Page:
Role of Antioxidant Vitamin Supplementation during Heat Stress
Lack of sweat glandsin poultry birds and relatively high temperature leads to heat stress. This affects the acid base balance to alkaline balance in avian blood, with a drop in plasma and vitamin C levels in the adrenal cortex. Synthesis of antioxidant vitamins such as Vitamins A, E and C is reduced during heat stress and stimulate release of corticosterone and catecholamine, initiating the lipid per oxidation of cell membrane. Vitamin E reduces the negative effect of corticosterone, vitamin C is vital for various biosynthesis(collagen, 1,25 dihydroxy vitamin D and adrenaline) and regulation of diverse reaction(secretion of corticosterone, regulation of body temperature and activation of the immune system). Vitamin C enhances the activity of Vitamin E by reducing the tocopherol radical to their active form of Vitamin E.
Role of Antioxidant in Coccidiosis
Free radical oxidative species are produced during host cellular immune response invasion by Eimeria species. However, high concentrations of oxidative molecule leads to tissue damage and cytotoxicity, and partially contributing to the pathology of cell infection. Free radical oxidative species and nitric oxide promote vasodilation and hemorrhages in coccidian infection and are toxic to the parasite and host cells. Eimeria acervulina oocyst motivates increase in lipid peroxidation, oxidative damage and imbalance in antioxidant status. To alleviate oxidative stress, natural(e.g. Vitamin E, Se) and synthetic (e.g. butylated hydroxytoluene) antioxidant are used as feed supplement in poultry.
Phytobiotic Antioxidant
Phytobiotics are plant derived products added in feed for improved performance. These originate from the leaves, roots, tuber or fruit of herbs, spices and other plants that are available in solid dried, and ground forms or in extract (essential oil).

Antioxidant properties of phytobiotics are mainly related to their phenolic content.

  1. Green tea (camellia senensis), contains epigallocatechin-3 gallate (EGCG), epigallactocatechin (EGC), epicatechin-3 gallate (EGC), epicatechin and flavonoids, which inhibit oxidative enzymes. Whereas, a polyphenyl extract from green tea inhibits gram positive andgram-negative bacteria.
  2. Grape seeds are a rich source of proanthocyanidins (PAs) consisting procyanidin and esterified gallic acid, which inhibits the lipid oxidation of poultry during gastric digestion.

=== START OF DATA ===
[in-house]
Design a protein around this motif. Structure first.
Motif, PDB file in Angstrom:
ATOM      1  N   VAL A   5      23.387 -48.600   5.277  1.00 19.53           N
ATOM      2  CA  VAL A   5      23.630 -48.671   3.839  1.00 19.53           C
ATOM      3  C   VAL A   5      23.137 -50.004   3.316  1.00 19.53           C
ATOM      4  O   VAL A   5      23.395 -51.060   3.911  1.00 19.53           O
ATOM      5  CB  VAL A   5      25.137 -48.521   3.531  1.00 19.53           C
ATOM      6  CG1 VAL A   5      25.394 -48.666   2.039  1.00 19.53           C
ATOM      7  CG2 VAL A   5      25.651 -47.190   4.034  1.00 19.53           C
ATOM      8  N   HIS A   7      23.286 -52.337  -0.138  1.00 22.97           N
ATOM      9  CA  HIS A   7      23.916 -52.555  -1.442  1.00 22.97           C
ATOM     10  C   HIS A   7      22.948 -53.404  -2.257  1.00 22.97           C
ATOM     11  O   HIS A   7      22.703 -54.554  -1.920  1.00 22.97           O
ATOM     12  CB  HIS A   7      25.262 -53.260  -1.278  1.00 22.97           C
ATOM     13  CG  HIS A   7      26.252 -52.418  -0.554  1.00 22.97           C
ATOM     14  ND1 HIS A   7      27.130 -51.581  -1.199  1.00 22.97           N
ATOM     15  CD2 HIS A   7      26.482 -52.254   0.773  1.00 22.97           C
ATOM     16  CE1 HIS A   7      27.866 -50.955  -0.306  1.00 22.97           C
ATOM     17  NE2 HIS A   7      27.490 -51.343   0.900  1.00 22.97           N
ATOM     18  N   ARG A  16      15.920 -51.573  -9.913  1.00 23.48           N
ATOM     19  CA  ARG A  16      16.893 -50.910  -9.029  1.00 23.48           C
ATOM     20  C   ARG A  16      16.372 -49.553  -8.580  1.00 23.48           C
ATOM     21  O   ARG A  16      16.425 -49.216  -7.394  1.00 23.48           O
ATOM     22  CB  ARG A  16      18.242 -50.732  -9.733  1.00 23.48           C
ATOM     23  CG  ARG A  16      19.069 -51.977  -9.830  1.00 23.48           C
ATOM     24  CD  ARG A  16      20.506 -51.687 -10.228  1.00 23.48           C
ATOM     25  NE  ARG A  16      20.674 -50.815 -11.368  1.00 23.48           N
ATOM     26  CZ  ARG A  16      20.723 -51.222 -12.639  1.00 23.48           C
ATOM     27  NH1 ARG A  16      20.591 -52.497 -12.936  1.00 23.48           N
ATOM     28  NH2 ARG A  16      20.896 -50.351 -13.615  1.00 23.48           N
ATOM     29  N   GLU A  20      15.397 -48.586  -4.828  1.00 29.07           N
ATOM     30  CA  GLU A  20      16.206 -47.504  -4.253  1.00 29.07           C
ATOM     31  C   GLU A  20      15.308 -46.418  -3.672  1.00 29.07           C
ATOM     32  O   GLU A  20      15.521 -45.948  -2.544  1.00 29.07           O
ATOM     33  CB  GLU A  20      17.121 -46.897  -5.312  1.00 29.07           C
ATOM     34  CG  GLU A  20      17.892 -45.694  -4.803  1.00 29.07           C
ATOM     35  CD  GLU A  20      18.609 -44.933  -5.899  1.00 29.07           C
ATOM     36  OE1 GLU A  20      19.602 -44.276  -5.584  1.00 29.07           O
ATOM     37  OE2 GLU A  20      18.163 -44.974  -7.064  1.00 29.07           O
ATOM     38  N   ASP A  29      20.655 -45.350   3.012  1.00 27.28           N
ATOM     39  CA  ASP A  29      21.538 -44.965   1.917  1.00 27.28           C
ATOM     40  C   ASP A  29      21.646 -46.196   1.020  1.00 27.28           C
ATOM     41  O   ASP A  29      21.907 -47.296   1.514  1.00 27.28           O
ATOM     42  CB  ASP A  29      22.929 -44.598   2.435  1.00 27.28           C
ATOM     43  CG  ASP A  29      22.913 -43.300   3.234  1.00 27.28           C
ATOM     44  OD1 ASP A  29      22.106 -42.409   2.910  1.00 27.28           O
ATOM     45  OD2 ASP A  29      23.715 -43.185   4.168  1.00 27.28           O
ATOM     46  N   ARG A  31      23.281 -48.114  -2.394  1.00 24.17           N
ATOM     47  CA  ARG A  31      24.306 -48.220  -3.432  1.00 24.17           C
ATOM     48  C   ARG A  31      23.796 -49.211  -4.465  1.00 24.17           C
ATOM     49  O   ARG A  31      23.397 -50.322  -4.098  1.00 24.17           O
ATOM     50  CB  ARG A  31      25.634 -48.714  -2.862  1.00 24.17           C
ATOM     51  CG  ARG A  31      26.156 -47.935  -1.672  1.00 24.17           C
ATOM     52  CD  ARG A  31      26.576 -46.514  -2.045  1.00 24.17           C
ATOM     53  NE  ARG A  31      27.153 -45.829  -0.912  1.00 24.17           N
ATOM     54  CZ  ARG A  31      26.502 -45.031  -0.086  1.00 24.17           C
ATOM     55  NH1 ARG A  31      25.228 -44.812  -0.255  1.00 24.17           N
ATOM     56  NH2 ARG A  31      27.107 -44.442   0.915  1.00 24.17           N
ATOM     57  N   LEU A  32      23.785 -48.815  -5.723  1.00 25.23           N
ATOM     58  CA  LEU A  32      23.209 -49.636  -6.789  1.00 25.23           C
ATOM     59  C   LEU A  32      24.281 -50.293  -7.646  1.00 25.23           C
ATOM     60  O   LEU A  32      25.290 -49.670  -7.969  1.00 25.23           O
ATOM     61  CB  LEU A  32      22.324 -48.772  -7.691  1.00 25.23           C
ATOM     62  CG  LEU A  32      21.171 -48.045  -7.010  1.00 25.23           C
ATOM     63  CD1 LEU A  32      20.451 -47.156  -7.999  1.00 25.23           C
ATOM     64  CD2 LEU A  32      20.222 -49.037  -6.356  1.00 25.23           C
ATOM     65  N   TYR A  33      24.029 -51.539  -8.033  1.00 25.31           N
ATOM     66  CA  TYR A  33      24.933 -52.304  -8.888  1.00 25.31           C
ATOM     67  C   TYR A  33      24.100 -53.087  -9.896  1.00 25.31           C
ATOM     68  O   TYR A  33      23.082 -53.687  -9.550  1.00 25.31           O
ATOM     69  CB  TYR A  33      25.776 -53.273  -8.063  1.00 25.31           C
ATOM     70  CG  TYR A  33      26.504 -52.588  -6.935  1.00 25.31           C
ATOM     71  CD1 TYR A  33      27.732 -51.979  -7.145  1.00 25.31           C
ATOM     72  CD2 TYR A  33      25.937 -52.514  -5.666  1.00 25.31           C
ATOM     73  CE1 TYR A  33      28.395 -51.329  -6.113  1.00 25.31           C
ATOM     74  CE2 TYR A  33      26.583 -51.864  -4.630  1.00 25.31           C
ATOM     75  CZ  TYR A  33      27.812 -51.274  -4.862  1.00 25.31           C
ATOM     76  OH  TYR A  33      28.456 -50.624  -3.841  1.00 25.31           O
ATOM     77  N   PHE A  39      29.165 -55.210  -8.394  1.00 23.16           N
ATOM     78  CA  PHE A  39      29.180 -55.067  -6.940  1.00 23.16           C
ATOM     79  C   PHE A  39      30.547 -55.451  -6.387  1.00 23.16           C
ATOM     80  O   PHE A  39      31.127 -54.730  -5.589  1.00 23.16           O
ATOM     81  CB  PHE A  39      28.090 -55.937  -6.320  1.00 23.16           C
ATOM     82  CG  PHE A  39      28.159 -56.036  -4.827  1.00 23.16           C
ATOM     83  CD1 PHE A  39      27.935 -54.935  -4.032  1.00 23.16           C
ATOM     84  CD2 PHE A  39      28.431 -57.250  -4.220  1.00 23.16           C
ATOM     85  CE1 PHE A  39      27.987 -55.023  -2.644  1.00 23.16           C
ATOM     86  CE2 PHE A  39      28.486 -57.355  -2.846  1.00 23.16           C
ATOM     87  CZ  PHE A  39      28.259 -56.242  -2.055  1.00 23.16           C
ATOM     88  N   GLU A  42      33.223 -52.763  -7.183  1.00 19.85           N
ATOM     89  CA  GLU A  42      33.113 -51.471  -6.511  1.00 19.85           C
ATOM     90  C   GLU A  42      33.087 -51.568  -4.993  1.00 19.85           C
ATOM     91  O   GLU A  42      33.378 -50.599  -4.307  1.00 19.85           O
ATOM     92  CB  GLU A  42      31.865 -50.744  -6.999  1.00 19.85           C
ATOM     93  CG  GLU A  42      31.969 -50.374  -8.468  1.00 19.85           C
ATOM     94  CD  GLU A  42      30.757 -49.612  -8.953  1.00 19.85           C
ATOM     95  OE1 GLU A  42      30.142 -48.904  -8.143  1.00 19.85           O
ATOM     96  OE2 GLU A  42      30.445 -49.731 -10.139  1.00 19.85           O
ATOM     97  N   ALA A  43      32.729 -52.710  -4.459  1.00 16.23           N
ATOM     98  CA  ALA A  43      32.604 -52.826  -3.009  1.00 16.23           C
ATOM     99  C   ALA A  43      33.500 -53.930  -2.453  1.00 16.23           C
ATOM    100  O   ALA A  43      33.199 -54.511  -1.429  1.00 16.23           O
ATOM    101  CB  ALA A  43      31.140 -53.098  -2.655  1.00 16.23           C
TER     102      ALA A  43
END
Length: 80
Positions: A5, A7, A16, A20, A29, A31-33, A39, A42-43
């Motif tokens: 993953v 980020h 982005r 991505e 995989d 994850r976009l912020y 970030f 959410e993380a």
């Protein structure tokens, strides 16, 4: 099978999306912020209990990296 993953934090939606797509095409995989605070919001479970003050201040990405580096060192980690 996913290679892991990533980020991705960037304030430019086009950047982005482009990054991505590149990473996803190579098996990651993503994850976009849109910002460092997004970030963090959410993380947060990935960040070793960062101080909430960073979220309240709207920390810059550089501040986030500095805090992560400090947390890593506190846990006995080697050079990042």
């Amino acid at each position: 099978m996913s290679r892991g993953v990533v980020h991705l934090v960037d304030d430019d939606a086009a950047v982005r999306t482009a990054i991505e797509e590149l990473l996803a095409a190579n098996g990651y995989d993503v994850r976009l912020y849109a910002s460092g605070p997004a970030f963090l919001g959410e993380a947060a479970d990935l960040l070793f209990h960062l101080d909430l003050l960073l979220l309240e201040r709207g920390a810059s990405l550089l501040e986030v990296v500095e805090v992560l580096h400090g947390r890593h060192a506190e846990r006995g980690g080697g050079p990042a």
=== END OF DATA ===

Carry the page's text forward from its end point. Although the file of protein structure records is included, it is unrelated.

iii.  Cinnamon is a spice with strong antimicrobial and antioxidant properties.

  1. Oregano leaves contain thymol and carvacrol, which when added to broiler diet reduces the number of oocysts in faeces.
  2. Turmeric containing curcumin, apolyphenolic, has antioxidant antiviral, antifungal, antihypertensive, anti-inflammatory and anti-carcinogenic activities. It stimulates the digestive system by promoting the intestinal lipase, maltase and sucrose activity, and secretion of pancreatic amylase, lipase, chymotrypsin and trypsin. Dietary supplementation of turmeric increases the production of egg and yolk weight, and yolk index.
  3. Saponins, sourced from Yucca schidigera, form pores in the cell membrane, and prevent the growth of protozoan parasites by interacting with cell membrane cholesterol content resulting in parasitic death.

vii. Tannins, a potent biological antioxidant used as feed additives, are polyphenolic compound found in the seed coat of many plants and grass cultivators. Tanninshave the antioxidant activity by free radical scavenging method, chelation of transition enzymes and inhibition of peroxidation enzymes.
Antioxidants in feed help to minimize lipid oxidation, improve the keeping quality of premix & feed, and minimizeoxidation in meat after slaughter. Oxidative degradation of lipids in products of natural origin damage biological membrane, enzymes and protein in meat that pose an immediate threat to human health. Feed additives from plants with their high content of natural antioxidant can improve the efficiency of growing poultry without compromising the product quality.
by Dr. Akash Gupta and Dr. Venket M. Shelke, Kemin Industries South Asia